One such schoolmaster was Simon Harr. Outstanding are examples of fraktur created by the boys and girls in Simon Harr's school in Strasburg. He came to the Shenandoah about 1755 and organized his German school in conjunction with the local Luteran congregation. By 1761, however, he had abandoned family and church to join the celibate Sabbatarians on Sandy Hook, adjacent to Strasburg. From Simon's correspondence with Lutheran leader Henry Malchior it is known that "by God's mercy, he recovered" and by 1763, had returned to the Lutheran fold. As schoolmaster Simon enjoyed great respect in the beyond his own community and from 1781 until his death in 1796, he occupied a semi-ministerial prosition among the Lutherans of Shenandoah County.

Frederick and Shenadoah Counties, Virginia, records referencing Simon Harr

     Simon Harr along with Jonas Lortz/Lotz witnessed a lease between Christian Bumgartner and Jacob Taylor in Frederick County, Virginia on 1 June 1767.19

     On 11 August 1769, Simon along with Henry Piper and Barbara Dellinger witnessed a deed transaction between Mathias Funk and George Keller in Frederick County.20

     The records of St. Paul's Lutheran Church show that in March 1770 Simon Harr and his wife Elizabeth were named God Parents of Catherine Schmitt, daughter of Valentine and Maria Schmitt, when Catherine was baptized. All of the church records were written in German script until 1830 and Strasburg, where the church was established and continues today, was first named Staufferstadt.1,21

     On 7 May 1771, Simon Harr along with Jacob Stover witnessed a mortgage between John Funk and Peter Stover in Frederick County.22 On 22 July of that same year, also in Frederick County, Simon along with Leonard Batlhias witnessed a lease between John Yoho and Alexander Machir.23

     A deed between Jacob Bowman and Martin Roler was witnessed by a Simon Karr [sic] on 1 September 1772, in Shenandoah County.24

     In 1774 there are two entries for the marriage of Simon Harr; one on 5 July to Eve Brouzler and one on 2 July to Eve Printzler. These are obviously the same individual with the latter being the correct name. Other records prove that Eve was the widow of Frederick Printzler and that her maiden name was Beard (Bare). The recording of Brouzler is probably a transciption error in trying to read the name Printzler.25

     On 15 November 1777, there is a lease, along with a release on 17 November, between John Lemly and Catherine, his wife, of Frederick County to Simon Harr of the same place for total consideration of 50 pounds, five shillings, a lot of land in the addition to the town of Winchester laid off by James Wood, Gent., deceased, and joining a lot belonging to John Greenfield, Gent., deceased, and opposite Patrick Kirk, known as lot no. (unreadable, later transaction indicates that it was lot no. 7), containing nineteen thousand seven hundred and forty square feet or there abouts, the said lot having been conveyed by Mrs. Mary Wood, Executrix of the aforesaid James Wood, Gent., deceased, to John Lemly by deeds of lease and release the 16th and 17th of June 1769. It was signed by John Lemly and witnessed by two individuals who signed in German and by Thomas Wood.26

     On 22 and 23 September 1778, there is a lease and release between Mathias Hite and his wife Sarah, County of Shenandoah, to Simon Harr, County of Frederick, for total consideration of 260 pounds, five shillings, certain lots or parcels of land in the town of Strasburg known as lots no. 17, 18, 19, and 20.27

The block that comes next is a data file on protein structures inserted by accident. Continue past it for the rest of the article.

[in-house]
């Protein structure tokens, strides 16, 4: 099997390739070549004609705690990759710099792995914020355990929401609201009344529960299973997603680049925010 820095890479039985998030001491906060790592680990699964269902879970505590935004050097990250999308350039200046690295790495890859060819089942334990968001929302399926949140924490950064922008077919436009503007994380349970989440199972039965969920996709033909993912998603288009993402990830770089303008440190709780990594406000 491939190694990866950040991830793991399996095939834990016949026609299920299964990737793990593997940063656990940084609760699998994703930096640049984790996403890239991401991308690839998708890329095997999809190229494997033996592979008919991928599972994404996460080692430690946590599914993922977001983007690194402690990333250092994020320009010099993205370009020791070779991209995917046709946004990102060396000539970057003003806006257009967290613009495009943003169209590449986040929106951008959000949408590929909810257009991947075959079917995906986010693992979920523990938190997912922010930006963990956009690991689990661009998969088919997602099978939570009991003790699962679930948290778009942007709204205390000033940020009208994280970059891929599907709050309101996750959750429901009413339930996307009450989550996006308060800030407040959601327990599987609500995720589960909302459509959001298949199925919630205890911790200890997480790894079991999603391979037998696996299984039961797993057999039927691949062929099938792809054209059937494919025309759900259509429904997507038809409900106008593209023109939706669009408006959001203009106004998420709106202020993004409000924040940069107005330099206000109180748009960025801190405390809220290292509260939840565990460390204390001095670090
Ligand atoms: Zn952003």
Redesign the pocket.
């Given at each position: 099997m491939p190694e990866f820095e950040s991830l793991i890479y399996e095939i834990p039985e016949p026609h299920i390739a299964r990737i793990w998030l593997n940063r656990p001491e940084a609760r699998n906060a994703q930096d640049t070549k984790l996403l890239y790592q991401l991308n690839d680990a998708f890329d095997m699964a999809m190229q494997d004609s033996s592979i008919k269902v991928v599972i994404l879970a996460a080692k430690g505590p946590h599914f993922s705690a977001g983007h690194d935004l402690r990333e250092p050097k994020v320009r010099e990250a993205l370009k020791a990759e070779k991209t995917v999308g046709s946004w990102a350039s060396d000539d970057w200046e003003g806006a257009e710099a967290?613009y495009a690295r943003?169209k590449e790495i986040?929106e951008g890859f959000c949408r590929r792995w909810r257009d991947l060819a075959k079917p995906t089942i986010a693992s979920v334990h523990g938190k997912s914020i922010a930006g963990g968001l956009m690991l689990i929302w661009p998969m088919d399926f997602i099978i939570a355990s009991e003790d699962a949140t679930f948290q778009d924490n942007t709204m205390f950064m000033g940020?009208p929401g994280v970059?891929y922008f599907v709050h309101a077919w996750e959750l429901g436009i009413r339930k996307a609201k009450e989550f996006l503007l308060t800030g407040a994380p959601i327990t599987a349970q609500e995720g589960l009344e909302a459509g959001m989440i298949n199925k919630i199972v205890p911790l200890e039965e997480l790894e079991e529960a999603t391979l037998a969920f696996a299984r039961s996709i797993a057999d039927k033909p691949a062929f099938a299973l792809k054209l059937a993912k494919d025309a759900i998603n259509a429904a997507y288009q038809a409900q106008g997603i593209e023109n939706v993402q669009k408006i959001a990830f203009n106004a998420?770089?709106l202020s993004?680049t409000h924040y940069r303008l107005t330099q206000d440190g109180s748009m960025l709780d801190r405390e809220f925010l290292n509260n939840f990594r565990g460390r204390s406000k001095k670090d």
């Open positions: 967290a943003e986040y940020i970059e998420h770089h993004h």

Simon Harr along with Thomas Wood and Michael Aldred witnessed a lease and release between Mary Wood, Executix of James Wood, Gent., deceased, and James Gamul Dowdall on 16 July 1778.28 Also on 16 July and 17 July there is a lease and release between Mary Wood and Simon Harr of Frederick County for total consideration of 100 pounds five shillings, lots 8 and 9 in the addition to the town of Winchester, each lot containing 19,740 square feet, being the same laid of by said James Wood, deceased, in 1758, and being part of the land granted to said James Wood by deed from the Proprietor of Northern Neck and by him devised by his last will and testament to said Mary Wood. It was signed by Mary Wood and witnessed by Thomas Wood, Michael Alred, and Robert Wood.29

     On 3 August 1779, there is a transaction between Simon Harr and wife Eve of Shenandoah County and Adolph Stroval of the town of Winchester in Frederick County, in consideration of 300 pounds, for a certain lot of land in the addition made to the town of Winchester by James Wood, Gent., deceased, known by No. 7 and joining the lot of John Greenfield, deceased, and opposite Patrick Kirk. This is the lot purchased from John Lemly on the 16th and 17th of November 1777. It was signed by Simon Harr and Ever Harr, with no witnesses given.30

     On 8 June 1780, there is a deed transaction recorded between Frederick Segchrist and Simon Harr; whereas Frederick Printzler, deceased of the County of Shenandoah deceased intestate leaving no will and no other issues but one female child who also died intestate being about three years old ... whereas by the death of said Frederick Printzler the said estate descended to his next heir ... whereas said Frederick Segchrist of the age of twenty one years now personally receive and claimed my said estate so descended to me and in trust of Simon Harr who since intermarried with Eve Harr widow and relick of the said Frederick Printzler deceased ... that I have received from said Simon Harr several lots of land ... three in lots and two out lots. Signed by Frederick Segchrist, and witnessed by Alexander Hite and Jacob Yost.31 The sister of Frederick Printzler, Maria Elizabeth, married Henry Sechrist. Frederick is probably their son and since there were no other heirs to Frederick Printzler, he inherited Frederick's estate when he came of age, the estate being held in trust by Simon Harr who married Frederick Printzler's widow, Eve. The will of Zacharias Beard (Bare) names daughter Eve, wife of Simon Harr and mentions her son David Harr establishing that Eve's maiden name was Beard (Bare).32